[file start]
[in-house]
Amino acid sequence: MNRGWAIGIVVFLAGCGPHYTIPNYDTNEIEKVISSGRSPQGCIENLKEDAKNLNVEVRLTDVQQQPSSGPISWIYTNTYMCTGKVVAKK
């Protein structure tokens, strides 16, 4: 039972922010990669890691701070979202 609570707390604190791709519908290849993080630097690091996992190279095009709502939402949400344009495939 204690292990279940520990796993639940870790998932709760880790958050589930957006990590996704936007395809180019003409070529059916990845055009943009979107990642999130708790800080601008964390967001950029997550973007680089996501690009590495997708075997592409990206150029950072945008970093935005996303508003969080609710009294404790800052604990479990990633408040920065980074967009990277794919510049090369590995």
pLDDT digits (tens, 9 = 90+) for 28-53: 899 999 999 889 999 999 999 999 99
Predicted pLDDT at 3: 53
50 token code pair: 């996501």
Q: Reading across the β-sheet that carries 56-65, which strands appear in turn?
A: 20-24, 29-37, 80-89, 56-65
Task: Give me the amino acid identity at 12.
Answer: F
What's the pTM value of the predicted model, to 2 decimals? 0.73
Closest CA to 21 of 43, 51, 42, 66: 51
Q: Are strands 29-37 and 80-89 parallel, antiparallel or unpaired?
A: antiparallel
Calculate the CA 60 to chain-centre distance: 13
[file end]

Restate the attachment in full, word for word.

[in-house]
Amino acid sequence: MNRGWAIGIVVFLAGCGPHYTIPNYDTNEIEKVISSGRSPQGCIENLKEDAKNLNVEVRLTDVQQQPSSGPISWIYTNTYMCTGKVVAKK
């Protein structure tokens, strides 16, 4: 039972922010990669890691701070979202 609570707390604190791709519908290849993080630097690091996992190279095009709502939402949400344009495939 204690292990279940520990796993639940870790998932709760880790958050589930957006990590996704936007395809180019003409070529059916990845055009943009979107990642999130708790800080601008964390967001950029997550973007680089996501690009590495997708075997592409990206150029950072945008970093935005996303508003969080609710009294404790800052604990479990990633408040920065980074967009990277794919510049090369590995």
pLDDT digits (tens, 9 = 90+) for 28-53: 899 999 999 889 999 999 999 999 99
Predicted pLDDT at 3: 53
50 token code pair: 């996501």
Q: Reading across the β-sheet that carries 56-65, which strands appear in turn?
A: 20-24, 29-37, 80-89, 56-65
Task: Give me the amino acid identity at 12.
Answer: F
What's the pTM value of the predicted model, to 2 decimals? 0.73
Closest CA to 21 of 43, 51, 42, 66: 51
Q: Are strands 29-37 and 80-89 parallel, antiparallel or unpaired?
A: antiparallel
Calculate the CA 60 to chain-centre distance: 13